Election violence

This is in reference to the news report “Bullets render poll scene bloody in Banke” (THT, March 20). Even as the poll date is approaching, the incidents of violence show no signs of abating. Only in the past couple of days, several election candidates have been shot at, beaten and intimidated, spoiling the election atmosphere. Unknown gangs have

escalated their criminal activities, to deter candidates from participating in the polls and create a sense of terror among the masses. This shows that the security agencies need to make their security arrangements tighter. If the government fails to maintain law and

order and bring an end to criminal activities aimed at disrupting the peace process, the results of April 10 Constituent Assembly polls are unlikely to be in the interest of

common Nepalis.

And what is cooking between Maoist supremo Prachanda and Chief of Army Staff Rookmangud Katawal, heretofore sworn enemies? I never believed they could see eye to eye let alone sit down for talks to resolve issues in a “peaceful” manner. If the meeting

was aimed at building mutual trust between Nepal Army and the Maoists, it augurs well for the country.

Manit Deokota, Ratopul, Kathmandu

Brain drain

I was surprised to see thousands of people queuing up outside Dashrath Stadium to

compete for jobs in South Korea. It made me realise the enormity of the problem of unemployment in Nepal. If the trend continues, it wouldn’t be long before all qualified manpower in Nepal left for foreign countries. In that case, building a New Nepal will

remain a pipedream.

Vibek Manandhar,

via e-mail


This is in reference to the news report “EU call to boycott Olympic opening” (THT, March 19). The president of the European Union parliament, Hans-Gert Pottering, has said that EU should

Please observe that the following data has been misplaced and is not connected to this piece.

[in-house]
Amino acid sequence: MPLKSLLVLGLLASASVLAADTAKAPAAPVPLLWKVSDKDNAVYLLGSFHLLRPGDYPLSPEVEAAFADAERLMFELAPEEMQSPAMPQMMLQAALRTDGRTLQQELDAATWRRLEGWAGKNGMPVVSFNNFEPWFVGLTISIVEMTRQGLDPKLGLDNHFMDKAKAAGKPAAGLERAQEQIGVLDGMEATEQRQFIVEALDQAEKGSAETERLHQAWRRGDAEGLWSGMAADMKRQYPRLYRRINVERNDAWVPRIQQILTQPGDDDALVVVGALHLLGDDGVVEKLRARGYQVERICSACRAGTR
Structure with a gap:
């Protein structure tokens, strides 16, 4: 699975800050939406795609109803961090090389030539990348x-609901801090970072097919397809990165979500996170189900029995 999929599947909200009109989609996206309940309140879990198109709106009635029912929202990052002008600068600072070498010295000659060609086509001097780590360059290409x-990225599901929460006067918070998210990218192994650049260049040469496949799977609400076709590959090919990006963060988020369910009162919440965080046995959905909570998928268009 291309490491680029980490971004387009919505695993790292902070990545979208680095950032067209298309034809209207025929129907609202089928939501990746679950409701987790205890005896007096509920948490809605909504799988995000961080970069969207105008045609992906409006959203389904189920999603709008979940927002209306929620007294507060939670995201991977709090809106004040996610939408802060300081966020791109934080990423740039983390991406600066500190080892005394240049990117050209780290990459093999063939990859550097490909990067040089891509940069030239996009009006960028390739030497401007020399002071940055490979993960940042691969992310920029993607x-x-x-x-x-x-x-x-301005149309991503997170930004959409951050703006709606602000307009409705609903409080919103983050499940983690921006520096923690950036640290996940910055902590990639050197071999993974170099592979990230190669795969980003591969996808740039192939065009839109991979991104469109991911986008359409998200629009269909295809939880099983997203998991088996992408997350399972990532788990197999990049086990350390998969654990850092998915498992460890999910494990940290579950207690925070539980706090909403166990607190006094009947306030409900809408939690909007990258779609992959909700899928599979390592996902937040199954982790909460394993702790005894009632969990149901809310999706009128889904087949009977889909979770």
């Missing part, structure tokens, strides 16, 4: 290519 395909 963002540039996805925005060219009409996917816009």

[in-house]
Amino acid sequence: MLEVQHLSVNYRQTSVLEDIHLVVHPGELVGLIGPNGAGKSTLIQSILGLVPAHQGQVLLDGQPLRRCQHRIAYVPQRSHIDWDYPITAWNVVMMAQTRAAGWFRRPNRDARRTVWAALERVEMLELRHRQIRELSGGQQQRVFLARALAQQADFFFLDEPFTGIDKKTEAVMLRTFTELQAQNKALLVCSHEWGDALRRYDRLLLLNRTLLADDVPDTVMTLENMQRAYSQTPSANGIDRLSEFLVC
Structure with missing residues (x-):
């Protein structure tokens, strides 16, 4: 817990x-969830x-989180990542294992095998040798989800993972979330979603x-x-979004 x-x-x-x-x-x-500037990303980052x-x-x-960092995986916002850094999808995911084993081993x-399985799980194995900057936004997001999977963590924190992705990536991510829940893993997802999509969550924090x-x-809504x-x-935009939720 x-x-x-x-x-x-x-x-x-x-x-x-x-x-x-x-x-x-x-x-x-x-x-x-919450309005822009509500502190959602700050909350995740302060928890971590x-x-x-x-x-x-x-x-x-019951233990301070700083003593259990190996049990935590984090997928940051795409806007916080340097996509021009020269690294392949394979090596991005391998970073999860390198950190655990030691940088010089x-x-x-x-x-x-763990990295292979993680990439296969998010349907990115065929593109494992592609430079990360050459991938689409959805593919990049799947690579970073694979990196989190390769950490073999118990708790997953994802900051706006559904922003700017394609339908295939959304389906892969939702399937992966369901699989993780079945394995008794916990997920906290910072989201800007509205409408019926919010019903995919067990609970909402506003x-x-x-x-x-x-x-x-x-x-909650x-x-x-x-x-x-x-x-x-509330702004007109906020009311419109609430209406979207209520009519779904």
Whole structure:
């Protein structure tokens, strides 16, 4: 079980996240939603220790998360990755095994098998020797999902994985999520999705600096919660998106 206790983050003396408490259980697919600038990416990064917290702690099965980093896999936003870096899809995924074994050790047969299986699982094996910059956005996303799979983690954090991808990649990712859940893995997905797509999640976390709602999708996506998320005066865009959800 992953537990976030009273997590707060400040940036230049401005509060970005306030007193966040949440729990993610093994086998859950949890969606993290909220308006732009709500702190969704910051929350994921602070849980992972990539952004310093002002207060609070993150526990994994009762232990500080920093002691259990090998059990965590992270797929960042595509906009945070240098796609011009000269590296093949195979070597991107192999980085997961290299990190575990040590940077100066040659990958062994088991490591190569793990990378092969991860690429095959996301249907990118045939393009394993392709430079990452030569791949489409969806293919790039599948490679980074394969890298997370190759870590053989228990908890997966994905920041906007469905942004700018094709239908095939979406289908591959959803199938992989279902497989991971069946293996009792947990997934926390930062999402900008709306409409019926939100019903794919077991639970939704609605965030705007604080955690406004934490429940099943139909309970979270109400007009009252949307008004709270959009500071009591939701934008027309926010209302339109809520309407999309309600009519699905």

consider a boycott of the Beijing Olympics. For the first time in 49 years, the Olympics is creating a huge, but short, window of opportunity for Tibetans to globally highlight their plight and aspirations. But what exactly are Tibetans lobbying for? Their aspirations include one or all of these — the return of Tibetan land to an autonomous Tibetan government, freedom to practice Buddhism openly under Chinese rule, reinstatement of the Dalai Lama at the Potala Place and sharing power with the Chinese government, and the cessation of killing and repression of Tibetans.

Isn’t this the moment for all Tibetans, in exile as well as those in Tibet, to present a clear, united front with the Dalai Lama as their voice? Furthermore, it doesn’t

appear to me the right time for the Dalai Lama to step down as their political leader. But perhaps it is the right time to pull out and dust off the playbook of Gandhiji? Mahatma Gandhi successfully played non-violent ball with the British during the colonial times.

Could the freedom march of Tibetans from India to the border become the modern

equivalent of the famous Salt March? Here’s hoping that the Dalai Lama, glowing with his benevolent smile, will stand firmly in the global spotlight where Tibetan

religion meets Tibetan politics.

Cheryl Olson, via e-mail